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A Parent's Worst Nightmare

Families: We supposedly live in an era of openness. Which is why the case of two teens accused of killing their baby has us so baffled.

November 25, 1996|JOAN KELLY BERNARD | NEWSDAY

How, in this day and age?

That phrase resounded last week as baffled adults asked how a pair of 18-year-old college freshmen could possibly kill their just-born baby, as police say happened last week in Delaware.

How, after years of sex education in school and with all the information on television, in movies, in newspapers and magazines and books, not to mention on the Internet, could two young people today not be aware of all the options available to them in the face of an unwanted pregnancy?

How, when it seemed we were light years beyond Victorian shame about sexuality, could anyone feel--as apparently Amy Grossberg and Brian Peterson Jr. did--that there was no one they could confide in?

Parents everywhere posed even more urgent, personal questions: Could this happen to me? Could my child be so desperate without my knowledge?

As the story got around, concerned parents sat down to talk with their own teenagers. Or called them at college, as did the mother of Laura Hudson, a sophomore at the University of Delaware, where Grossberg was also a student, to say, "I just want you to know I will always be here."

Grossberg and Peterson, high school sweethearts from suburban New Jersey, could face death themselves if convicted of first-degree murder. They are being held without bail.

The medical examiner's office said last week that the baby boy, found wrapped in a plastic bag in a trash bin, was born healthy. An autopsy found that the boy died of a skull fracture, but investigators don't know if the injury happened before or after the baby was put in the trash.

One only can imagine how their parents feel.

"It's just unbearable to think of it," says Arlene Kramer Richards, a Manhattan psychologist and author of "What to Do If You or Someone You Know Is Under 18 and Pregnant" (Beech Tree Books, 1983).

The immediate impulse is to think that if this was the only alternative these teens thought they had, somehow their parents must have failed--indeed, the parents must be asking themselves that very question.

Children often overestimate in their own minds how a parent will react to a problem, experts say. The child's fears could be "way off the mark," Richards says, "because he attributes to his parents the harsh dictates of his own conscience. A kid will say, 'My parents will kill me if I did that.' In some sense, he really believes his parents will punish him very harshly, while the parents will say, 'We don't approve' . . . but wouldn't punish and wouldn't condemn the child for what the child condemns himself."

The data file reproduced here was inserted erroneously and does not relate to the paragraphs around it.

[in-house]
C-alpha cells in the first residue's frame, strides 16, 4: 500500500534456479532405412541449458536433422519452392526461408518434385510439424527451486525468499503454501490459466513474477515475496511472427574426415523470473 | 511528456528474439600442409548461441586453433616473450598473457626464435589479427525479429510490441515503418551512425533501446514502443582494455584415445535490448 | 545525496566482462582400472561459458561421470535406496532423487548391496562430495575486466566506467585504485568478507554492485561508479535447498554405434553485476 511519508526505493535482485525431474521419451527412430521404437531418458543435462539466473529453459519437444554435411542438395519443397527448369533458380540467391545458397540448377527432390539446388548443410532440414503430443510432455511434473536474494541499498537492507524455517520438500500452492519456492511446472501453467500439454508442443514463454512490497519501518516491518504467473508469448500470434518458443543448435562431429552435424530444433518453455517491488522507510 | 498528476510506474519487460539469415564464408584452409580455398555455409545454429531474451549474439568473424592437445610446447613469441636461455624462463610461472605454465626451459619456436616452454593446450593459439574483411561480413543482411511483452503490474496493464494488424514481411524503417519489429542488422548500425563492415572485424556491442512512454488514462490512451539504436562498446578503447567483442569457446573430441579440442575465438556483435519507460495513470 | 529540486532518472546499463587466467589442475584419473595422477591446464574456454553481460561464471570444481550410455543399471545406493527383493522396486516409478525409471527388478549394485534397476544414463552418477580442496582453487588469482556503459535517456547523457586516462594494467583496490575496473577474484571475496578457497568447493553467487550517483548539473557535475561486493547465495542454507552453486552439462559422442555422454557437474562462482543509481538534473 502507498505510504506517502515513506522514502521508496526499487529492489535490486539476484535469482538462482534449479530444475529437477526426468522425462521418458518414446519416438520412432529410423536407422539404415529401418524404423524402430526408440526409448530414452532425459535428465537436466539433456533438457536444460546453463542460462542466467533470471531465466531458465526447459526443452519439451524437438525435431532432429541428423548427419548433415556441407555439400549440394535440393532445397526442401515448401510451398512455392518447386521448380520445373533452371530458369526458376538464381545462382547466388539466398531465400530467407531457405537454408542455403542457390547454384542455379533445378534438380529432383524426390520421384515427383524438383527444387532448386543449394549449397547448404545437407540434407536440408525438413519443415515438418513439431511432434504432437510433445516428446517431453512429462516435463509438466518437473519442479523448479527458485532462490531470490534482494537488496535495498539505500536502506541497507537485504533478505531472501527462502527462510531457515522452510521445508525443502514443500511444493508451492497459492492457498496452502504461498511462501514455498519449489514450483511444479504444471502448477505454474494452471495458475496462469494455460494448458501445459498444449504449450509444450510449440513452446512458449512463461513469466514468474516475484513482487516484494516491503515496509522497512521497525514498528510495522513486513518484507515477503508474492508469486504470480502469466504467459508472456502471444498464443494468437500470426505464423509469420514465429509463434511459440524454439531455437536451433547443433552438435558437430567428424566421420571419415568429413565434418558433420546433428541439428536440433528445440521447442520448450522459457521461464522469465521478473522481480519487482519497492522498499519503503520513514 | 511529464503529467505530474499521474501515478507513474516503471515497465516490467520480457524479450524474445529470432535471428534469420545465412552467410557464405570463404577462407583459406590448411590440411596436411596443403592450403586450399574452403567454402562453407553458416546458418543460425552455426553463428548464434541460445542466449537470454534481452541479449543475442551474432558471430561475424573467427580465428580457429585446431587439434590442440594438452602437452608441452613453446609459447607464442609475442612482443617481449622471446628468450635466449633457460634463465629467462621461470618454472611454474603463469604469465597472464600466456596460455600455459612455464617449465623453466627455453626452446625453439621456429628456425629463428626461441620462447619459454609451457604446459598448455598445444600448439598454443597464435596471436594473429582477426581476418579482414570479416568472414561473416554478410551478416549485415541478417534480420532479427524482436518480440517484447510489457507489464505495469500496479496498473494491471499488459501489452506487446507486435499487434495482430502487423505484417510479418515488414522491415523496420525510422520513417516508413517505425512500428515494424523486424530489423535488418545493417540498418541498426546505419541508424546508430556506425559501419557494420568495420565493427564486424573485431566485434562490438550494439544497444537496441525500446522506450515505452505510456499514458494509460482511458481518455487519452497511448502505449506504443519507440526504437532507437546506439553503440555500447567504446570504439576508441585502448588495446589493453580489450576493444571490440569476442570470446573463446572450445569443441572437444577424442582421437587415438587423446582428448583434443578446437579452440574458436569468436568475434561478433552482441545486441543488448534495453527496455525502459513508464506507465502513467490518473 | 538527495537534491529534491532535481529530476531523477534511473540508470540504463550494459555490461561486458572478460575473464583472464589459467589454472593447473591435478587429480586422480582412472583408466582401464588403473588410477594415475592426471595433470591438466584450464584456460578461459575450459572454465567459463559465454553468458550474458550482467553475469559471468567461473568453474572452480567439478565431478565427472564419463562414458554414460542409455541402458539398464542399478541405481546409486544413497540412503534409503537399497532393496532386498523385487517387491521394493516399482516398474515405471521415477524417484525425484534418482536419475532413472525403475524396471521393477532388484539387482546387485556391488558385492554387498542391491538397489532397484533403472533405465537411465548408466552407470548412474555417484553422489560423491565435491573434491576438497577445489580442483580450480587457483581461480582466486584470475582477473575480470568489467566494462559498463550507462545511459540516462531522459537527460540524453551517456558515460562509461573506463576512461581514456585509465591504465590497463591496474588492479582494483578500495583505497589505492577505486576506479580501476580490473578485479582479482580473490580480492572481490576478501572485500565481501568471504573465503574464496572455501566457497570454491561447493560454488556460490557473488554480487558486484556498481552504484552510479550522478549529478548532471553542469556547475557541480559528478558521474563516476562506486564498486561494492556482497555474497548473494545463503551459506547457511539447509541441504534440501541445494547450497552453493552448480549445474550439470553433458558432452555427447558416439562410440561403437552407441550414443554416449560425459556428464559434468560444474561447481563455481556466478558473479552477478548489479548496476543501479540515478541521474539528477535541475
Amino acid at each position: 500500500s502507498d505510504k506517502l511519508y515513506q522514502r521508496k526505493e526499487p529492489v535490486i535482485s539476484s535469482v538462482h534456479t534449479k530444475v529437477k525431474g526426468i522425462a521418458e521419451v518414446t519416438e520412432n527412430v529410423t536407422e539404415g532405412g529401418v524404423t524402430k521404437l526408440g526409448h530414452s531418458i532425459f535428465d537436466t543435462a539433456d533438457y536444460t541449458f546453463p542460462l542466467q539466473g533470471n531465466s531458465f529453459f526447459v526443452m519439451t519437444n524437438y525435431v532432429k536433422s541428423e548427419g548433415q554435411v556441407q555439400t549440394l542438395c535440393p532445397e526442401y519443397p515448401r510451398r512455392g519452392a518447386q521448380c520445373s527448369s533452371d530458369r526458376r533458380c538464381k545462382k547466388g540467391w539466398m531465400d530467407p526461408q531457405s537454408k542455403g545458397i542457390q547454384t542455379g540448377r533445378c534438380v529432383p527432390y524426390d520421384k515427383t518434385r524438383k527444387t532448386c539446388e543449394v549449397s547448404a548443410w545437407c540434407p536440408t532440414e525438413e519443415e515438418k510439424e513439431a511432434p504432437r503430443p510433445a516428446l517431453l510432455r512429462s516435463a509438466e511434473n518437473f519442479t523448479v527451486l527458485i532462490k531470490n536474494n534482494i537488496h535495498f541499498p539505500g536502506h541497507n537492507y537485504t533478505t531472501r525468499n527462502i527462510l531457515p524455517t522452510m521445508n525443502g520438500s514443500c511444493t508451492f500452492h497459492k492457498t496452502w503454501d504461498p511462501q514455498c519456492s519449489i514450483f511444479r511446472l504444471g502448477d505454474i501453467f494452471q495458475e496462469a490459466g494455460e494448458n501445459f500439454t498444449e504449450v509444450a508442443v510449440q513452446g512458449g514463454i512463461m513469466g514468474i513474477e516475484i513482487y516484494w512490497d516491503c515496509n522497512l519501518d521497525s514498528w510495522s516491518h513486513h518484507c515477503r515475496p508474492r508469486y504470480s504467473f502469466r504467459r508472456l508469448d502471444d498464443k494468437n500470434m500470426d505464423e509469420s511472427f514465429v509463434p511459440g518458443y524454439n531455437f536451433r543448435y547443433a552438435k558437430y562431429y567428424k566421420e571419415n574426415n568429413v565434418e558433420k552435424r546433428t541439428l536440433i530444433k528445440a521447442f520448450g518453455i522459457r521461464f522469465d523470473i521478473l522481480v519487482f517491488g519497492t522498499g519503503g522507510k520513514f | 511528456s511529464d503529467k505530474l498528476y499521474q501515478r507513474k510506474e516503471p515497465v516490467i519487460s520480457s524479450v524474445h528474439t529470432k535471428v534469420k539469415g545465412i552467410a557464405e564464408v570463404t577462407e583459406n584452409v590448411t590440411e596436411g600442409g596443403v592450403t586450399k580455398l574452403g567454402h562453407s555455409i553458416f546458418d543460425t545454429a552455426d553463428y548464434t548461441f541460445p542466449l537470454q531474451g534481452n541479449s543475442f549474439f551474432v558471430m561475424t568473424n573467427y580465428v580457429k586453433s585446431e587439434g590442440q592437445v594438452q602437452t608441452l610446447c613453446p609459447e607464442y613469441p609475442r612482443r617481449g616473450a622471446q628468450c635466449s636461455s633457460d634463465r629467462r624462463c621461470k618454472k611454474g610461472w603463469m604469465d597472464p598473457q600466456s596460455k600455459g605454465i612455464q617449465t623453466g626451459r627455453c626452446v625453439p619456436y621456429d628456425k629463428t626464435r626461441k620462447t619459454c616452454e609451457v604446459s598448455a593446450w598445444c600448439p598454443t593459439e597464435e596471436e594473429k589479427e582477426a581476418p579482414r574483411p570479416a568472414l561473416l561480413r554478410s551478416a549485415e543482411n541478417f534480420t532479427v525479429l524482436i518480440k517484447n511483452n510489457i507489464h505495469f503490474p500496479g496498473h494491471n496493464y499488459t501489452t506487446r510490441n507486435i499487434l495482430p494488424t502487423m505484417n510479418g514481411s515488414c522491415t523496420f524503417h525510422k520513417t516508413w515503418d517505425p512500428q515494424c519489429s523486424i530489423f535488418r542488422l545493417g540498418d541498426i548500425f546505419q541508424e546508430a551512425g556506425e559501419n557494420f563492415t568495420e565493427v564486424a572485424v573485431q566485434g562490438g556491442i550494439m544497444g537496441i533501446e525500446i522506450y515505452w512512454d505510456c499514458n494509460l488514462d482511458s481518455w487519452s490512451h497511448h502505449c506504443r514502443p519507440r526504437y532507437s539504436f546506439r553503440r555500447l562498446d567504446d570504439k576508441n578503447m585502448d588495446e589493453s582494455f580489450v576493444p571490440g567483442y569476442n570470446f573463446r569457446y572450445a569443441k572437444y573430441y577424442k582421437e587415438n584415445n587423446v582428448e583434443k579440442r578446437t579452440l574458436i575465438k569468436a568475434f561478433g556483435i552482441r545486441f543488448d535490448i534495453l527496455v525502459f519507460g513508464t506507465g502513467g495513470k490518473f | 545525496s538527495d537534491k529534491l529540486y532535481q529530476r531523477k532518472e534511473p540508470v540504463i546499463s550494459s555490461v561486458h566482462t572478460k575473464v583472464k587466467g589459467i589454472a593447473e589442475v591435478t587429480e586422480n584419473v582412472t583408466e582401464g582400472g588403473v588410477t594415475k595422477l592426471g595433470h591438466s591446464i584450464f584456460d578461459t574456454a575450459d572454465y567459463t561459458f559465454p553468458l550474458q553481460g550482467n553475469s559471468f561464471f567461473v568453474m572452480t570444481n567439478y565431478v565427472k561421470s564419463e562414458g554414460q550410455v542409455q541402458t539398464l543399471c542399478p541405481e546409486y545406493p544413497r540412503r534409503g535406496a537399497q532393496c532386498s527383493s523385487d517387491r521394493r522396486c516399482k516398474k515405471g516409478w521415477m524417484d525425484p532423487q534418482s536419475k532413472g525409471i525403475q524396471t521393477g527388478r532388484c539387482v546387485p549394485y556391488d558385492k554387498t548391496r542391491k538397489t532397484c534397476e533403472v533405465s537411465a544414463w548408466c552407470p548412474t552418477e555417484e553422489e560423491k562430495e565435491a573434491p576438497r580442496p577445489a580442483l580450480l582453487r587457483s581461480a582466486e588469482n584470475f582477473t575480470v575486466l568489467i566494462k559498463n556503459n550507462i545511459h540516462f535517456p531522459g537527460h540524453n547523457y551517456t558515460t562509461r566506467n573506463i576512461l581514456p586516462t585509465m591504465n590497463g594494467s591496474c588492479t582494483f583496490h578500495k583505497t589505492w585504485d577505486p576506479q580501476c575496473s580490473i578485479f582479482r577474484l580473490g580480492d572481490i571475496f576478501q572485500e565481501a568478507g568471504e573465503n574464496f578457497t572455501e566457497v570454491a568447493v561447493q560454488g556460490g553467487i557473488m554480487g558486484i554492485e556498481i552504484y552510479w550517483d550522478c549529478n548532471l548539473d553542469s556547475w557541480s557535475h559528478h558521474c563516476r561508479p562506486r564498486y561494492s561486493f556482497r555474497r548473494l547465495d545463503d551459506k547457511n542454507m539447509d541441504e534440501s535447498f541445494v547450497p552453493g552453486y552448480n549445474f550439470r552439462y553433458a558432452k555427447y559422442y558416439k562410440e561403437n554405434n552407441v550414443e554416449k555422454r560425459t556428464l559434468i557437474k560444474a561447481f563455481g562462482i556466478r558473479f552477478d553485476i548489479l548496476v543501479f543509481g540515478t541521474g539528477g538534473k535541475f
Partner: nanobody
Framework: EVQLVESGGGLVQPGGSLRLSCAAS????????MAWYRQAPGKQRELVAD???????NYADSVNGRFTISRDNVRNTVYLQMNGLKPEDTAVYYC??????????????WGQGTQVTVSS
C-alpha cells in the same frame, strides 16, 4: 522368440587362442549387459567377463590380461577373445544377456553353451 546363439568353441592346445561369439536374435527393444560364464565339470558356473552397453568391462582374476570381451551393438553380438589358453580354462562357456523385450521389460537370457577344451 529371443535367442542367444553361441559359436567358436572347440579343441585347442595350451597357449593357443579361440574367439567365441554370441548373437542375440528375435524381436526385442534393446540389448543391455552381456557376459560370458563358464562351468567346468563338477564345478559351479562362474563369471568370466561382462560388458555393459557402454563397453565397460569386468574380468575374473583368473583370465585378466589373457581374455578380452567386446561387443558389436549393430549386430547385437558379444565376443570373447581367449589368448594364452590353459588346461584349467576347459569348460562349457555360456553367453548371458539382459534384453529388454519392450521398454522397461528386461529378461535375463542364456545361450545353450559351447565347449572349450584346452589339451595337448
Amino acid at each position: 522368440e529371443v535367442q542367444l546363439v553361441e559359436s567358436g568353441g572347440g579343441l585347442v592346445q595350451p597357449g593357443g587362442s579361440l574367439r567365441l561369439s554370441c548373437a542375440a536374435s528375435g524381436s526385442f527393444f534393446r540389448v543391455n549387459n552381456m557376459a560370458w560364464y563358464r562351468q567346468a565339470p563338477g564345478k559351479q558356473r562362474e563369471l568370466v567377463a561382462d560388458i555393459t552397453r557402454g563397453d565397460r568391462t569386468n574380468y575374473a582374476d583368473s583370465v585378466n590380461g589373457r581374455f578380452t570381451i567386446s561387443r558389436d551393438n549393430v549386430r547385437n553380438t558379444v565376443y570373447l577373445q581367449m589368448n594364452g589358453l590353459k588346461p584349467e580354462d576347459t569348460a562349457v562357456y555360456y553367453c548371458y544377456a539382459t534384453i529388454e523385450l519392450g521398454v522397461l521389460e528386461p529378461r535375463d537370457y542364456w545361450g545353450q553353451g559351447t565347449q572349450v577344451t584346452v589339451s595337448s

Moreover, some children have a skewed sense of how their parents see them, of what is expected of them.

"A child may carry around a notion that it's their mission to provide good feelings for the family, to be the golden boy, the achiever," says Rona Novick, a clinical psychologist and coordinator for the parenting center at Schneider Children's Hospital of Long Island Jewish Medical Center in New Hyde Park, N.Y. "The child feels responsible, whether the parents have given them the job or not, for assuming a certain role."

In the Delaware case, we may not know until the trial, and perhaps not even then, but it may be telling that Peterson's lawyer, Joseph Hurley, told ABC's "Good Morning America" last week that Grossberg "apparently had real problems in communicating this situation to her mother because of the way she was valued by her mother."

Parents may tell their kids they don't have to be president of the United States or win a Nobel Prize, but the message won't necessarily get through, experts say. "I think what parents say and do is always understood by the kids as the kids need it to be. It's structured by their own perception," Kramer says.

Parents only can try to be alert to signs of such confused and essentially narcissistic thinking. That's not easy. As Novick says, "Very few parents get a call from school: 'Your child is doing much too well. This child takes too much responsibility. . . . She's too perfect. She succeeds.' "

Certainly, parents are advised to create an atmosphere in which children feel they can come to parents with their mistakes and get more support than censure, say experts. "Will you be mad? Yeah, probably," says Holly Shaw, a clinical nurse specialist in Glen Cove, N.Y., and a director of adolescent health education of the Flushing YMCA. "Will you be disappointed? Yeah, probably. But they need to understand that the overriding concern is the kid's well being."

Kids need to hear that message early and often, but parents also must live it out.

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